Indebted to Wind by L.R. Berger

Indebted to Wind by L.R. Berger


By John Zheng

What flows through L.R. Berger’s Indebted to Wind is the sensibility presented in each poem. It is a physical and emotional response to what the poet sees, experiences, and feels, a visual chord struck in her senses. This sensibility urges Berger to express through images and evokes the reader to experience or revisualize what she gains through her conscious looking.

The title poem, “Indebted to Wind,” brings what the wind carries: the “dandelion silk dispatching seed” and the “neighbor’s trashcan lid… / hurled in a tempest / against the bedroom window.” The definitions that wind offers are “howling, love cry, / lamentation,” inviting associative thinking about the human characteristics of wind. This sensibility juxtaposes nature with human nature with such a visual effect in this stanza:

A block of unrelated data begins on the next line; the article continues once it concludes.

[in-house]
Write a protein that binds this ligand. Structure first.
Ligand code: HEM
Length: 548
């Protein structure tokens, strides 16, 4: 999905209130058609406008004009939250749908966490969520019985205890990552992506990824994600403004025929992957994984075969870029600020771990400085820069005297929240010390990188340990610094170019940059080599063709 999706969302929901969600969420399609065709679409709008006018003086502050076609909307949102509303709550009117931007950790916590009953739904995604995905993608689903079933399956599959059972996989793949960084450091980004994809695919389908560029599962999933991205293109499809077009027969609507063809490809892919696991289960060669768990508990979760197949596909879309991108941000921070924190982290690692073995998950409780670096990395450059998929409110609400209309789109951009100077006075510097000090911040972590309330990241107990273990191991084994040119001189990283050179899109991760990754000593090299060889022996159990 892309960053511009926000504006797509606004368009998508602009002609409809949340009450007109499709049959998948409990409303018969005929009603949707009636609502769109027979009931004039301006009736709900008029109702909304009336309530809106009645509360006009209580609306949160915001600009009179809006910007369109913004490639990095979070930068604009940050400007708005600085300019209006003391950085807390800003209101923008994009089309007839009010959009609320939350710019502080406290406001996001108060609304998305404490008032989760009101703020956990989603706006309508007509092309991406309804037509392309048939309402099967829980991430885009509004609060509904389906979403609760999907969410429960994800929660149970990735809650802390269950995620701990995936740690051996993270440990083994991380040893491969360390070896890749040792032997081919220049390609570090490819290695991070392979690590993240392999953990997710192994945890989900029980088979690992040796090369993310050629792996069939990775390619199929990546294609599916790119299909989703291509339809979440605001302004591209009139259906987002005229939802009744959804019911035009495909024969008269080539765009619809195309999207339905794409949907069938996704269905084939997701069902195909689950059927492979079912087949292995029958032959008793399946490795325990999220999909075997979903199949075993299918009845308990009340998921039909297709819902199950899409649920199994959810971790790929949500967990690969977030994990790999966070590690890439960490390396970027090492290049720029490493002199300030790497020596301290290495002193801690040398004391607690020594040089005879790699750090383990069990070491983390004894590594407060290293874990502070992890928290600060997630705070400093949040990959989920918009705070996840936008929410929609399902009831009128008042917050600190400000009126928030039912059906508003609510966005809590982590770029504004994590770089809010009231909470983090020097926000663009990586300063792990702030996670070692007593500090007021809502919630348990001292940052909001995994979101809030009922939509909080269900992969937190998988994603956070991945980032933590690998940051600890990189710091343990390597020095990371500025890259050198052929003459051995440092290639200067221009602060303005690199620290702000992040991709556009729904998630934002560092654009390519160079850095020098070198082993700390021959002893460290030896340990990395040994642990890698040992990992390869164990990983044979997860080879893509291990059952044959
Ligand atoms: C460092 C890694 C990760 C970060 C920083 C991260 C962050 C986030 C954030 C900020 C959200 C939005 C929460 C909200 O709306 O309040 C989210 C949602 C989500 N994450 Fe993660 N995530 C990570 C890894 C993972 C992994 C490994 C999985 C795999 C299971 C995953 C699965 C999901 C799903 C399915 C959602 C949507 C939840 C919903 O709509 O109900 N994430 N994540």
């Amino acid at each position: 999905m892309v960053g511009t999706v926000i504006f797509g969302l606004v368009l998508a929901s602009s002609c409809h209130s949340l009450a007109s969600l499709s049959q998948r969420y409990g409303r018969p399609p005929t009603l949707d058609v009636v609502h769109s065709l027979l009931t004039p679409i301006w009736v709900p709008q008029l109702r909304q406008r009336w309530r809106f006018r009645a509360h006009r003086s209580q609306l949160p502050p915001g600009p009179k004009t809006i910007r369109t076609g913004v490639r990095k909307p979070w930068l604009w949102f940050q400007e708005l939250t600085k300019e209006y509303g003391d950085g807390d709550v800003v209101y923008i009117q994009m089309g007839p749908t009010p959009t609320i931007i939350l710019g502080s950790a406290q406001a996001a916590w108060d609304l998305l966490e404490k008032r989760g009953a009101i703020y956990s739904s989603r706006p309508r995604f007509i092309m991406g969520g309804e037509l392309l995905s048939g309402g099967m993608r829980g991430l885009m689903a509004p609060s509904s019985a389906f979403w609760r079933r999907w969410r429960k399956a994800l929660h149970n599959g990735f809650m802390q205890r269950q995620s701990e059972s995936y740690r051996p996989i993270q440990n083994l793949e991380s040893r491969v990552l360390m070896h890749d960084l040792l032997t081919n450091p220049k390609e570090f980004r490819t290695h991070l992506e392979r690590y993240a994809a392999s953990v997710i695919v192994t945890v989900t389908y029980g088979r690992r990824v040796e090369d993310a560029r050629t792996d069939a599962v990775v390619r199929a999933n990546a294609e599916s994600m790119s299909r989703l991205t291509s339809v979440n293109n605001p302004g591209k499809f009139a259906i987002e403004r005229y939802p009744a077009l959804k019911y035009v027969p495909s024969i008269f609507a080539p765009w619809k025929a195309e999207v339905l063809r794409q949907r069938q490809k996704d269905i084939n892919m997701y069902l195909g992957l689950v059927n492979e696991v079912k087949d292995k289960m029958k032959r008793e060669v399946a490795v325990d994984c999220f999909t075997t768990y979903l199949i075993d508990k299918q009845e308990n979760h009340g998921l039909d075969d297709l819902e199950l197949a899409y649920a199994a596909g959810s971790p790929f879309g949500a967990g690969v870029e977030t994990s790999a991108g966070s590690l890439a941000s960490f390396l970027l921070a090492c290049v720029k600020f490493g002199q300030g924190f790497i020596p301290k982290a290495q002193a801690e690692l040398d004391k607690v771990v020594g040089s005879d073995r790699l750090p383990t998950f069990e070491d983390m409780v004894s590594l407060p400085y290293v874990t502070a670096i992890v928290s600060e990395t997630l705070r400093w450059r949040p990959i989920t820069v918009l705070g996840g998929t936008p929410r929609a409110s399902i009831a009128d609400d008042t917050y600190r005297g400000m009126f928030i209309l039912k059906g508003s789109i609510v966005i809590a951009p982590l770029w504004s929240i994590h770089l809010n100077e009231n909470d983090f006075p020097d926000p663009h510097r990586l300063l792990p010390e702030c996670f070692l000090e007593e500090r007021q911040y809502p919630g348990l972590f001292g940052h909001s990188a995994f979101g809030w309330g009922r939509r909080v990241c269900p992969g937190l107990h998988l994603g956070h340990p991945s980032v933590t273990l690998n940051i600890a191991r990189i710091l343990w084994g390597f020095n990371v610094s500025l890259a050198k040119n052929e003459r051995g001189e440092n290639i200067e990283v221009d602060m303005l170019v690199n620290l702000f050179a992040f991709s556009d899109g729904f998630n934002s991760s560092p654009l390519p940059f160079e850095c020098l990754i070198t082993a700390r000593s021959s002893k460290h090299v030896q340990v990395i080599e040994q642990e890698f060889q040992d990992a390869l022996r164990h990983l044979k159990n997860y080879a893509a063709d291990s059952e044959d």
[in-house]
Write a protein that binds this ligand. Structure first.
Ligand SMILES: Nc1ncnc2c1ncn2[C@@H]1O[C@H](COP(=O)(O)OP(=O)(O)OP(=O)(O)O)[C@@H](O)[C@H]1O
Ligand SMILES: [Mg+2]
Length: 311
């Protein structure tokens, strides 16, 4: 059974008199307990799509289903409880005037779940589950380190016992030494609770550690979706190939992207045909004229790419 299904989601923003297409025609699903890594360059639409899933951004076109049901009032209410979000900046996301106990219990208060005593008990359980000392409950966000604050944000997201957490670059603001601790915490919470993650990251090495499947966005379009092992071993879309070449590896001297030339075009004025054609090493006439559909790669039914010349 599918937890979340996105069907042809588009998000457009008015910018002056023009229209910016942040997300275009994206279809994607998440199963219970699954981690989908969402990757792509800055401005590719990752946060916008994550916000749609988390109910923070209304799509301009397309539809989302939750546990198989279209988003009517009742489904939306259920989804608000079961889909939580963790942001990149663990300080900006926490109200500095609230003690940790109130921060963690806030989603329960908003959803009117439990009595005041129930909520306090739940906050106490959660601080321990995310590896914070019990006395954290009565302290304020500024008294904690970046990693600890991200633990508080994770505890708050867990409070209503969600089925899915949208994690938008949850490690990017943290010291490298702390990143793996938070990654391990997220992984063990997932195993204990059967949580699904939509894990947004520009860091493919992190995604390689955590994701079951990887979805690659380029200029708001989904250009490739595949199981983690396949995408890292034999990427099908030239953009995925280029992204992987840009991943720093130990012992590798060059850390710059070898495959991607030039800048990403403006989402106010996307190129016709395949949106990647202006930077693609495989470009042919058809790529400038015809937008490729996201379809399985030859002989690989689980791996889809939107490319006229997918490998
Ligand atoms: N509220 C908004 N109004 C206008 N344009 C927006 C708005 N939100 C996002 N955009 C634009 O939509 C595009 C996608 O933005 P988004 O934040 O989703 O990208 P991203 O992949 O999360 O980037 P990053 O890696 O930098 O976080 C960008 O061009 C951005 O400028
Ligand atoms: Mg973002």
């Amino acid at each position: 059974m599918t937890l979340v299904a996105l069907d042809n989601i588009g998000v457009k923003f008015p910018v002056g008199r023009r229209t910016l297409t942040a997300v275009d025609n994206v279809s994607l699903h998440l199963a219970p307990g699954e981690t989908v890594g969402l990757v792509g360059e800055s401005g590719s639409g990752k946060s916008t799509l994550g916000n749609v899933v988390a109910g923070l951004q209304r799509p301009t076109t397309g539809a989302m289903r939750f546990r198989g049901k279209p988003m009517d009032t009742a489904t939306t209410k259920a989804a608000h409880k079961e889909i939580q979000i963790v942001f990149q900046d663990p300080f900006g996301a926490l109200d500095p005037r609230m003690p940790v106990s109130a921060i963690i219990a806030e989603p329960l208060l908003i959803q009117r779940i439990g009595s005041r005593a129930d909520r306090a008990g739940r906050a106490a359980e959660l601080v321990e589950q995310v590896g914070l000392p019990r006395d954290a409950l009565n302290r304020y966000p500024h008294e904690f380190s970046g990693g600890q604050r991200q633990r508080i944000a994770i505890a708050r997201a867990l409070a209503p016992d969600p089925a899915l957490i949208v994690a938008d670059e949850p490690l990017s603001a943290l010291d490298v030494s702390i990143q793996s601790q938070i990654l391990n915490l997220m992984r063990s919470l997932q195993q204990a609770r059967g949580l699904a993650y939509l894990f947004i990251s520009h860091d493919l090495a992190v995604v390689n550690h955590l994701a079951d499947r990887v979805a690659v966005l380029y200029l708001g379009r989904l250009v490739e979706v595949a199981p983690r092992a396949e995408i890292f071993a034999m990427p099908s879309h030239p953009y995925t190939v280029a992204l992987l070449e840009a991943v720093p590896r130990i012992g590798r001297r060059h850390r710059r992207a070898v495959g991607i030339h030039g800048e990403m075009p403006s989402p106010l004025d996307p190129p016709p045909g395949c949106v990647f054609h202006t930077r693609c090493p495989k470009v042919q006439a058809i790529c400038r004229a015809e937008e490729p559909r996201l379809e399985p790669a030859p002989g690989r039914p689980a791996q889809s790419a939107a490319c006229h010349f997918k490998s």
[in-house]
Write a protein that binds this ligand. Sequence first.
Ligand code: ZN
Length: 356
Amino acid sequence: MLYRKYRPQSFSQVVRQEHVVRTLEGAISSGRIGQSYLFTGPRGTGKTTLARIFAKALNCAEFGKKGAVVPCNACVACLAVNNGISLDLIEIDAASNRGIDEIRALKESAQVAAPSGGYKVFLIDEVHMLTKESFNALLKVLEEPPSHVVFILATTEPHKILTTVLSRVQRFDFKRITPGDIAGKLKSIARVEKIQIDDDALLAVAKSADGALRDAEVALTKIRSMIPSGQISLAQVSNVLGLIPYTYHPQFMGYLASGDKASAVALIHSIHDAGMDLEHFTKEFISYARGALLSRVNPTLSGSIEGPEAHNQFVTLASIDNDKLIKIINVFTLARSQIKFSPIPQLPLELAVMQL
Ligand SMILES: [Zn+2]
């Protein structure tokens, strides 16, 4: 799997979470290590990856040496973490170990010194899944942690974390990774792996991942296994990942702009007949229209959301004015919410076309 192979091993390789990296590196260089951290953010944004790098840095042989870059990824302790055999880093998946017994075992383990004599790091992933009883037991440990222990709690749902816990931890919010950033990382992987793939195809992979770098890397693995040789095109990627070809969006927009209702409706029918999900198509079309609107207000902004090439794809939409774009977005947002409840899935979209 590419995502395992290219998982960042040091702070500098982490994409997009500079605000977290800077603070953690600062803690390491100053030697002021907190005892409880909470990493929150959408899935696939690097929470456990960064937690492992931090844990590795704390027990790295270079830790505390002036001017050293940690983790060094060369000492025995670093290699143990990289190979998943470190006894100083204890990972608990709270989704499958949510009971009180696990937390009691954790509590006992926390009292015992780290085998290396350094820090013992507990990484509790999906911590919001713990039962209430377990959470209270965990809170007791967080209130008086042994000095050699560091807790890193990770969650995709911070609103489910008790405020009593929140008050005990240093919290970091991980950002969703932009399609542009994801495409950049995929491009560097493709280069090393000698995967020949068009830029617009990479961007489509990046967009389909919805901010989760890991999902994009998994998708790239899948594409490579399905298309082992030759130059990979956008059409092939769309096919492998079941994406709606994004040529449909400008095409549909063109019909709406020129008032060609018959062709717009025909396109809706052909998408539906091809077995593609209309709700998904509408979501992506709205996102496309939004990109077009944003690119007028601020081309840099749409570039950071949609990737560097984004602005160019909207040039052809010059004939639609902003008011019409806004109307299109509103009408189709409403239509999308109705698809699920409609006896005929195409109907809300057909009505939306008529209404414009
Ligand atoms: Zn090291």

When love unbuttoned your blouse
wind did the rest
fumbling through the aspens

Here, the wind functions like a gentle lover. If it evokes a memorable scene in the past, it also blows to the future and “tutors your own breath / to extinguish the flame” of an unhappy relationship or an unrequited love.

Wind has been a favorite image for poets. My favorite poems are Emily Dickinson’s “The Wind Tapped Like a Tired Man” and James Stephens’ “The Wind.” Both poets personify the wind to show weariness and temper. In Berger’s poem, wind, as an element of nature, acts kinetically. It dispatches, wakes, hurls, howls, cries, tutors, extinguishes, fumbles, stings, whips, and lifts, activating the human experiences or encounters with nature. Therefore, what Berger presents through the image of wind is the visual sensibility to nature and human nature.

“Wind Breaks into the House” is another wind poem. It is a lyric that describes the mess caused by the wind: papers driven off the desk, paragraphs plastered against walls, and stanzas blown into corners of chaos. But the poet catches the moment to experience the wind by unzipping her sweatshirt to let it sweep through her body with whatever it picks from the fields it passes. This unzipping is then a way to open the mind to nature, to be with nature, and to be a part of nature.